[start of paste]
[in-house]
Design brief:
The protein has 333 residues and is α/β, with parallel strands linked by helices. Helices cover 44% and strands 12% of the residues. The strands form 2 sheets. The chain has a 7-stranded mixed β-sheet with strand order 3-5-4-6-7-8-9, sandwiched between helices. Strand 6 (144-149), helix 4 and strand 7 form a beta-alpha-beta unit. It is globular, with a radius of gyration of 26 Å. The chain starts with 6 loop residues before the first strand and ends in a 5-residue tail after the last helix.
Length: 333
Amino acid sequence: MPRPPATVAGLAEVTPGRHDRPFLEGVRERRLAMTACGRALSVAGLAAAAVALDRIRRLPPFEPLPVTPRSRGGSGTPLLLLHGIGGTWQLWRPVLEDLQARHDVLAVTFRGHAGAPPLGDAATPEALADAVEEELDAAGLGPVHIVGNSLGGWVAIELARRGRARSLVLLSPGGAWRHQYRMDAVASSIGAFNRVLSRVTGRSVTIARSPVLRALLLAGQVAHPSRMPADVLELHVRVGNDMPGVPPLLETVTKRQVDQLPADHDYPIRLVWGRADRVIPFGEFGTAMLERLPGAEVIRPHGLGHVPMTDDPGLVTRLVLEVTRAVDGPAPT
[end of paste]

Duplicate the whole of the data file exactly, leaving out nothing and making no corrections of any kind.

[in-house]
Design brief:
The protein has 333 residues and is α/β, with parallel strands linked by helices. Helices cover 44% and strands 12% of the residues. The strands form 2 sheets. The chain has a 7-stranded mixed β-sheet with strand order 3-5-4-6-7-8-9, sandwiched between helices. Strand 6 (144-149), helix 4 and strand 7 form a beta-alpha-beta unit. It is globular, with a radius of gyration of 26 Å. The chain starts with 6 loop residues before the first strand and ends in a 5-residue tail after the last helix.
Length: 333
Amino acid sequence: MPRPPATVAGLAEVTPGRHDRPFLEGVRERRLAMTACGRALSVAGLAAAAVALDRIRRLPPFEPLPVTPRSRGGSGTPLLLLHGIGGTWQLWRPVLEDLQARHDVLAVTFRGHAGAPPLGDAATPEALADAVEEELDAAGLGPVHIVGNSLGGWVAIELARRGRARSLVLLSPGGAWRHQYRMDAVASSIGAFNRVLSRVTGRSVTIARSPVLRALLLAGQVAHPSRMPADVLELHVRVGNDMPGVPPLLETVTKRQVDQLPADHDYPIRLVWGRADRVIPFGEFGTAMLERLPGAEVIRPHGLGHVPMTDDPGLVTRLVLEVTRAVDGPAPT